Guevara is likely to equal the record for most caps before appearing at a Finals
Honduras captain Amado Guevara has told the BBC of his struggle to finally achieve his "dream" of reaching the World Cup finals - after nearly two decades of international football.
Guevara, who made his debut for Los Catrachos in 1994 and became a first team regular two years later, will lead his team out against South American rivals Chile on 16 June in what is likely to be his 137th international game.
Only Saudi Arabia's Majed Abdullah, who eventually made his bow at USA '94 after first being picked in 1978, has waited longer for a World Cup debut.
"From around 1996 I have been involved in the first team - for 14 years we've been working, struggling to achieve this dream," he told BBC Mundo.
"Now the dream has become a reality, now Honduras are once again at the World Cup. God wants us especially to be there, representing our country."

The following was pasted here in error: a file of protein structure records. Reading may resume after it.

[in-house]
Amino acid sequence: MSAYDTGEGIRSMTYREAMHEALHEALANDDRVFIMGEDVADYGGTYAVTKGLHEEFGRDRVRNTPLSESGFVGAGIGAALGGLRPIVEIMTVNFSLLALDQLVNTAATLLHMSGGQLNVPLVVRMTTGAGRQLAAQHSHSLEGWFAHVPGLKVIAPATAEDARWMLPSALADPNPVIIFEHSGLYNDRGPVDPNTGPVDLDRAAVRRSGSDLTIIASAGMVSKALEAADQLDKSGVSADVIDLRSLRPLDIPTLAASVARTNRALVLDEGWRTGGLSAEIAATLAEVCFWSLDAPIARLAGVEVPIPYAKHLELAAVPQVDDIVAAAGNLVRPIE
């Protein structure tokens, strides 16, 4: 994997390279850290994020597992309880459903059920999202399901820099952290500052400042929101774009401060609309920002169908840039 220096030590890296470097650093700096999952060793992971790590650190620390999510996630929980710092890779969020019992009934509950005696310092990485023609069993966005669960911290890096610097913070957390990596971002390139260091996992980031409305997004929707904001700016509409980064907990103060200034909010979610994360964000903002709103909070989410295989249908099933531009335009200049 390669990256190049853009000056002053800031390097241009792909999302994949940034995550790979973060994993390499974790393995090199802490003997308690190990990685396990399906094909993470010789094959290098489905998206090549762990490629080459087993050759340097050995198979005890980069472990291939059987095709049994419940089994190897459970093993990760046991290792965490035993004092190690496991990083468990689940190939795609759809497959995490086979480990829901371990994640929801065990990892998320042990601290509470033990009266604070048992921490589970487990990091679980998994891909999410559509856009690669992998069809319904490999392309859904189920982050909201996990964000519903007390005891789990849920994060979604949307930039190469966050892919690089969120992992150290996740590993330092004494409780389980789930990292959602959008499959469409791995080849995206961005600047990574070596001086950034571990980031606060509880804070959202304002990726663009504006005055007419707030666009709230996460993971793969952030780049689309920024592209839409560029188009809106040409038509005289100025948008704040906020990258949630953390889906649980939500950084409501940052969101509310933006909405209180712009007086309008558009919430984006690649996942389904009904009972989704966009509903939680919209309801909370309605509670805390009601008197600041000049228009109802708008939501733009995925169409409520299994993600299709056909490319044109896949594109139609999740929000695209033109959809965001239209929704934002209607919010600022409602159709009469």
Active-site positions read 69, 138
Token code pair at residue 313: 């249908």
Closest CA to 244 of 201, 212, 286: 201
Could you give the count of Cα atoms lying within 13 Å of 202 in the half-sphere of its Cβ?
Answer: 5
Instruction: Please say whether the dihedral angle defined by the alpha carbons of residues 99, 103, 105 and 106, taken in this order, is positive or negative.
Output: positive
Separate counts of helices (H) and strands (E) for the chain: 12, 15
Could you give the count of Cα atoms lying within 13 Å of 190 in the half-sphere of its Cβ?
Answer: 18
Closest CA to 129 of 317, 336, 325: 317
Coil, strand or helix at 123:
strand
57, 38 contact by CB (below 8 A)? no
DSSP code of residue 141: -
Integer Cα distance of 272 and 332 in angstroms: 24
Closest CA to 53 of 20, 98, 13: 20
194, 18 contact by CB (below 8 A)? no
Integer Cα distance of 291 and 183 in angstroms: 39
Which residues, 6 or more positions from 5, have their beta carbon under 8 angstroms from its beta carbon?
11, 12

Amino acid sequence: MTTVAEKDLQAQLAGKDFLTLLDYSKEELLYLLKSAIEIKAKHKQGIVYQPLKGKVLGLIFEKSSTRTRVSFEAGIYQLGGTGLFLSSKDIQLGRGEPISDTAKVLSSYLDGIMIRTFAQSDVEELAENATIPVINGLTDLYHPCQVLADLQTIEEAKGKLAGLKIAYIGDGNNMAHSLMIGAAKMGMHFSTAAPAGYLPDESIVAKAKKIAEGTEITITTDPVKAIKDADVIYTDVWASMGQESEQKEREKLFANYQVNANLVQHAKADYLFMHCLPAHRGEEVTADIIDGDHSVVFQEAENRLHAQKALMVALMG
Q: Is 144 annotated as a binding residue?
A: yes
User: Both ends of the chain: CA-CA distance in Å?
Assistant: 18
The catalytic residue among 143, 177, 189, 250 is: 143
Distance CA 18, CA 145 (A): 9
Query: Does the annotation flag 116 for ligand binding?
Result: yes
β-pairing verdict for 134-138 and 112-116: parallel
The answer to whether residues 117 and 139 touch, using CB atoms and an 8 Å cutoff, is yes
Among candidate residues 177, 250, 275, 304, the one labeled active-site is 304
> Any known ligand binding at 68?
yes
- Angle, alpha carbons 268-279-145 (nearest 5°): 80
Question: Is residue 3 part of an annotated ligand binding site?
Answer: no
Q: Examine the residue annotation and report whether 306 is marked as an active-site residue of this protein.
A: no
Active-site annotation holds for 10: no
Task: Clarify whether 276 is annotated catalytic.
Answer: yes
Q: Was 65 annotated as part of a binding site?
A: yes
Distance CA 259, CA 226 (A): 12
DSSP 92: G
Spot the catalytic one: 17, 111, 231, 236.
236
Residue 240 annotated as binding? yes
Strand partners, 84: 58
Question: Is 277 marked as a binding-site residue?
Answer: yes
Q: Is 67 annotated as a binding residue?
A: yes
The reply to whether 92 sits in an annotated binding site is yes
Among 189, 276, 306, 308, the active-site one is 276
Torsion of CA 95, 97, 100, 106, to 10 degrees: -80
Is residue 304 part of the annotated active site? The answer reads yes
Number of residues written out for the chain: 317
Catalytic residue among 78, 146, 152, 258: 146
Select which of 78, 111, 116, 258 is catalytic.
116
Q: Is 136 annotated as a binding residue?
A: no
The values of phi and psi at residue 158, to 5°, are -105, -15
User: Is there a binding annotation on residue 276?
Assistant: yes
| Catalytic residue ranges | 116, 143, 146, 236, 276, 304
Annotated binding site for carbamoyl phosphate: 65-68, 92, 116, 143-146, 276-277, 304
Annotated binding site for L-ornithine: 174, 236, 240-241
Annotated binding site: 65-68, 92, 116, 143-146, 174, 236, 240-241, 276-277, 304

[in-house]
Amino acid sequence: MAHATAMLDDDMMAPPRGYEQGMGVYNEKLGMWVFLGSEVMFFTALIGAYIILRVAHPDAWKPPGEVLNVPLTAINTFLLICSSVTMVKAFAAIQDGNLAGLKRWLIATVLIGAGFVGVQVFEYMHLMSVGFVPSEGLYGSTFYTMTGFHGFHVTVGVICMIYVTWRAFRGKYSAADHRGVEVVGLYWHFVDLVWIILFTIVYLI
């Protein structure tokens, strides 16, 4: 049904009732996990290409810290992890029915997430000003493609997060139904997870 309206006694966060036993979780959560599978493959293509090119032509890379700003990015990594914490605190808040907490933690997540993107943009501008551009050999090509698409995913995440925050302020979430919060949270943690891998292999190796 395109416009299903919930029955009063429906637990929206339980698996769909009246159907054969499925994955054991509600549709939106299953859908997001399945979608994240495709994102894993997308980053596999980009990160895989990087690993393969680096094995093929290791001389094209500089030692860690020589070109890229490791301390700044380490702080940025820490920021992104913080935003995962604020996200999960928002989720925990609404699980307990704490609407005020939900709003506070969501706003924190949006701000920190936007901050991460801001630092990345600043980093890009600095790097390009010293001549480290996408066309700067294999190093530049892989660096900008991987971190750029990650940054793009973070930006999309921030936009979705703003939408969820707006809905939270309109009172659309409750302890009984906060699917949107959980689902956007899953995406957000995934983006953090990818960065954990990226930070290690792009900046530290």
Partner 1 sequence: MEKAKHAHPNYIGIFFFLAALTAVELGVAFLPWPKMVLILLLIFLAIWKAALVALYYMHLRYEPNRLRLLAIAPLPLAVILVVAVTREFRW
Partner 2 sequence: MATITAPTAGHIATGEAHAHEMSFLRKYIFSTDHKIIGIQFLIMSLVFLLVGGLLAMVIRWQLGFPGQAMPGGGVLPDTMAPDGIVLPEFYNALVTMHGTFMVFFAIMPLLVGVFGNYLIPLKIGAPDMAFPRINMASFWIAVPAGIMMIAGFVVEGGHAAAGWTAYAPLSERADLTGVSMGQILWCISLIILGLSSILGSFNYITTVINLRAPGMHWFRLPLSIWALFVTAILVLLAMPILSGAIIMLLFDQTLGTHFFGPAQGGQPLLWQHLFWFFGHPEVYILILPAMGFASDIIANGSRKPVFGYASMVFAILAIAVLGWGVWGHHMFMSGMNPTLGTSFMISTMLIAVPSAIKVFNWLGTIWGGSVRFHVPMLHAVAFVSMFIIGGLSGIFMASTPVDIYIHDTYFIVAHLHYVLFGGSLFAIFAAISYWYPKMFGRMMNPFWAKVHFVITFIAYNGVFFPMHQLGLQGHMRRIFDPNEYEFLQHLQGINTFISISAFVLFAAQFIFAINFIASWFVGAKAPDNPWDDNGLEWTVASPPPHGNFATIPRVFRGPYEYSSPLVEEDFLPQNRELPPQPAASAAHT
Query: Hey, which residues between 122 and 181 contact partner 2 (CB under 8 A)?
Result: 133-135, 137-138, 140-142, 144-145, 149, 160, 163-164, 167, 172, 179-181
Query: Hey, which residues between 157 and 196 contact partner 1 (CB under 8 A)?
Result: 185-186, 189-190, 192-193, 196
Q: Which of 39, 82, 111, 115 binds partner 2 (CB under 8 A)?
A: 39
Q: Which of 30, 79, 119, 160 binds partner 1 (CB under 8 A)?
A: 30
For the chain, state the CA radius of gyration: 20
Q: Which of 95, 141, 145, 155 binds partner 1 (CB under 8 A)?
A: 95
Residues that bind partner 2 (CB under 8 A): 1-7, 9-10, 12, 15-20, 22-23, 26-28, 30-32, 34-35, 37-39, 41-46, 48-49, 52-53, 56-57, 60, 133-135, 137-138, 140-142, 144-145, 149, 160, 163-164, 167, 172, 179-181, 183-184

Better than '82?
Guevara, whose career has been spent mostly in America's Major League Soccer in between four spells at his domestic club Motagua, said there was a collective will in the team to do better than their only other appearance in the World Cup finals, in Spain in 1982.
Back then, they drew 1-1 against both the hosts and Northern Ireland, but lost 1-0 to Yugoslavia and finished bottom of the group.
This time around they face an interesting challenge in Group H. Again paired with European Champions Spain, they also have Chile and Switzerland to contend with in what is widely believed to be a fight for second place.
"I have imagined it... Honduras making history by doing better than the team that played in the 1982 World Cup and going through to the next round," Guevara said.
"I imagine the opening game against Chile. I imagine it will be difficult or complicated, but it's a dream for which we fought, so we'll want to give our maximum."
And the forward, who has scored 29 times for his country, said he was feeling "progressively better" as the World Cup approaches.
"Individually, I am preparing myself well," he said.
"I want to go and write my own history. And at the end, something beautiful could happen that my family and people in Honduras will remember forever."